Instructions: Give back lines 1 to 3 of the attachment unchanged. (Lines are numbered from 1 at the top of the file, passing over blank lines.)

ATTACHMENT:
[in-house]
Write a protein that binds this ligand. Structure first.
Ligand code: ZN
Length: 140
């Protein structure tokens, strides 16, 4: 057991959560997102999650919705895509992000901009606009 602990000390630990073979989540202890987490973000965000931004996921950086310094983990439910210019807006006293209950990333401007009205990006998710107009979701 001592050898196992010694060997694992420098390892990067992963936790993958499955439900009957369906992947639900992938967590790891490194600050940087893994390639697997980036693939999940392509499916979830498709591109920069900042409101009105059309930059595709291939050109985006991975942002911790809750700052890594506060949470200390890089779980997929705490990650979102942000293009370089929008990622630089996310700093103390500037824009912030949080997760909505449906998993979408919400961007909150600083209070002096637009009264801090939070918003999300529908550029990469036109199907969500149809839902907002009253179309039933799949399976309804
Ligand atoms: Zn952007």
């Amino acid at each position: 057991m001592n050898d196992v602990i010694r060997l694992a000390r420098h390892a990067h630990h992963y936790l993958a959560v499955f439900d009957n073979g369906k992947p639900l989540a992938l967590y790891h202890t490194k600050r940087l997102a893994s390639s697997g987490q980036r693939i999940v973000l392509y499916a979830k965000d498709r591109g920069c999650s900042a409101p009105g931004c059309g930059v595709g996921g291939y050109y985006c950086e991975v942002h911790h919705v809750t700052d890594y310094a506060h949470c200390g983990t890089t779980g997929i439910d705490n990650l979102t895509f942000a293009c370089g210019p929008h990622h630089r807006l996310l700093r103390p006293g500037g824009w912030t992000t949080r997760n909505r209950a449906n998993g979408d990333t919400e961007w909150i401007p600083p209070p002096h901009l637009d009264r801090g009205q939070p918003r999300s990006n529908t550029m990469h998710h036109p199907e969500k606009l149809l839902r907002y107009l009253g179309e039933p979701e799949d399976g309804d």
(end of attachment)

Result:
[in-house]
Write a protein that binds this ligand. Structure first.
Ligand code: ZN